Some quick questions:

Obviously, the real Duble Duck has the same problematic celluloid handles. Do I need to isolate it from the others? Is cell rot "contagious" in close proximity? Do any others like like they have problematic handles? I thought at least one other looked like it has the same type of structure to it.

Is there anything there I shouldn't touch because it's too valuable in its current state?

What the heck is that tiny hook-shaped one at the end?
 
Yes, unfortunately it has early signs of cell rot. Once the cracked Ice scales turn yellow it is advanced.

I have seen a single case of Cell rot razor, rust everything in a display case that contains metal, in 3 months. It is a gas and if the gas is contained and in the right conditions, (enclosed, heat and moisture) the exact conditions of an Antique Store Display Case, it can spread quickly.

You may be able to save the blade, and certainly the bolsters, brass is unaffected except for tarnish. I don’t see any razor there that is super rare, though the photos are not all that clear. Value is all about condition. If they were stored with the Duck most of the rust could be from off gassing.

000 steel wool and WD40 will get most of the rust off quickly and save them. Cell rot seems most active in only some flavors, designs, Cracked ice (like you white one), translucent, faux tortoise and faux ivory. Yellow- and cream-colored scales and most all the Beau Brummel, Dubl Duck line, but it is not just those lines. Something about how they were made, the formulation of the Celluloid causes them to kick off. Black celluloid rarely kicks off.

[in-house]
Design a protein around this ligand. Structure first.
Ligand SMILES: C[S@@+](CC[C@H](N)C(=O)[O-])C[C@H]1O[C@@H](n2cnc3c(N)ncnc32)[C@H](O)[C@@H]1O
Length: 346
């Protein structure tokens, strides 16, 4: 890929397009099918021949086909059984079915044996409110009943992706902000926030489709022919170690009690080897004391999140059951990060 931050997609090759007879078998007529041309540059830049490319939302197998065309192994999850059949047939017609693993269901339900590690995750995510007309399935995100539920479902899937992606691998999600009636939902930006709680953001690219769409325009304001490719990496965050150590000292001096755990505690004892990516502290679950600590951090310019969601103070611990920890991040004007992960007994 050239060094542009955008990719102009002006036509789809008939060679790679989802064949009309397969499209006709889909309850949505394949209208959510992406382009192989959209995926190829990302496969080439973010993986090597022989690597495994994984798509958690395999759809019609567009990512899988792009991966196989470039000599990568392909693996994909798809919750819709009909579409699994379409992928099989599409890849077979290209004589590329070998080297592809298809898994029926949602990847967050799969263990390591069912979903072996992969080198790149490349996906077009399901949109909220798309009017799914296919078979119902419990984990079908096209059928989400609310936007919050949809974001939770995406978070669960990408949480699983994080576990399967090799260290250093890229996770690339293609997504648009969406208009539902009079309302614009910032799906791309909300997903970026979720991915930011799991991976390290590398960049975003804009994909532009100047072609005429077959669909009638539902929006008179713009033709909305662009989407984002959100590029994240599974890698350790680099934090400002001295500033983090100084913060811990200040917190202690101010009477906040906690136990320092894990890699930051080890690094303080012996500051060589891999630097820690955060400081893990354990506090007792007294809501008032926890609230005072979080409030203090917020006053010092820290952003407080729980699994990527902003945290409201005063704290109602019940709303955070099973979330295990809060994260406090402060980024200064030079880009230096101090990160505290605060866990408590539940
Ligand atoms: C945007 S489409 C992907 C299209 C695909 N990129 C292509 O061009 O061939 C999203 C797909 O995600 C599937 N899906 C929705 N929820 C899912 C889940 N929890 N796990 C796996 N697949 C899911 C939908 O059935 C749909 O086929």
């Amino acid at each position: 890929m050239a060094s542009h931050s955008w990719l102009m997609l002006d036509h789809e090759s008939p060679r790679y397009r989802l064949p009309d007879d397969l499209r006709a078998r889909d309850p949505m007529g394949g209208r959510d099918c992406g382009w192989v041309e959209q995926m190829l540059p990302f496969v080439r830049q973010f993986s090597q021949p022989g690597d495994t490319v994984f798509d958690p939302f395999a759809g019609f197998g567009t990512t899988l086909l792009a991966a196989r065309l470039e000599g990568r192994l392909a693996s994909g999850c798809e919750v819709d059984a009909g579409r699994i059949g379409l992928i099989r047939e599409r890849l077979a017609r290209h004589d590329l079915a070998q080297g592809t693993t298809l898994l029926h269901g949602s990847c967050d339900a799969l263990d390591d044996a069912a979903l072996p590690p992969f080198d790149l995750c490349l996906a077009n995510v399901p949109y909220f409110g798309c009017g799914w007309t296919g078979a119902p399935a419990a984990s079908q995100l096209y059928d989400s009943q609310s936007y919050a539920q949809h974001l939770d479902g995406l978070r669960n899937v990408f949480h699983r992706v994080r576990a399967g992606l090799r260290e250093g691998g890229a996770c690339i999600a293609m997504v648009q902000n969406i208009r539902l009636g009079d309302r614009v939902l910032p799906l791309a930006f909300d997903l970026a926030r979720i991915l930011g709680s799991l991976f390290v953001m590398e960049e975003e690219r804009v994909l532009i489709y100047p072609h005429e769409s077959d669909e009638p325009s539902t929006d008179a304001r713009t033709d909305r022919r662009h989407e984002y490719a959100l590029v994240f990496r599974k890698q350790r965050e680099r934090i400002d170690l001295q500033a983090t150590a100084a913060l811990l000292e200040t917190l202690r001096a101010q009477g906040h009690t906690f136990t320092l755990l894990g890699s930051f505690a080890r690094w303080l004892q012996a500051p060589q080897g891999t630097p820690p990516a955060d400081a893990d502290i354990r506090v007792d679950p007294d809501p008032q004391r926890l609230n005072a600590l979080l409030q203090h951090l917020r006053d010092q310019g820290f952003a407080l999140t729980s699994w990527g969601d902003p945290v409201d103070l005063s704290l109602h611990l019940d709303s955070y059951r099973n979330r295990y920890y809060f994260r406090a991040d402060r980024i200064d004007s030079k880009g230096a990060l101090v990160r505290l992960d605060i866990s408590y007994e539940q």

Horn is the easiest material to make scales from and is very forgiving, if you remove too much it can be “patched” with horn dust and CA glue, under a bolster it will never be seen. Fitting a scale with fancy bolsters is tedious and the bolsters are very thin and fragile. If you mis-shape them it will be even more difficult to fit them properly.

Horn Duck’s with bolsters and badging look very good.
 
The gentleman did indicate that most of them were "pretty ugly" when he got them. From what I gathered, most of them came from eBay, and he actually shaved with most of them just once to see if he liked them.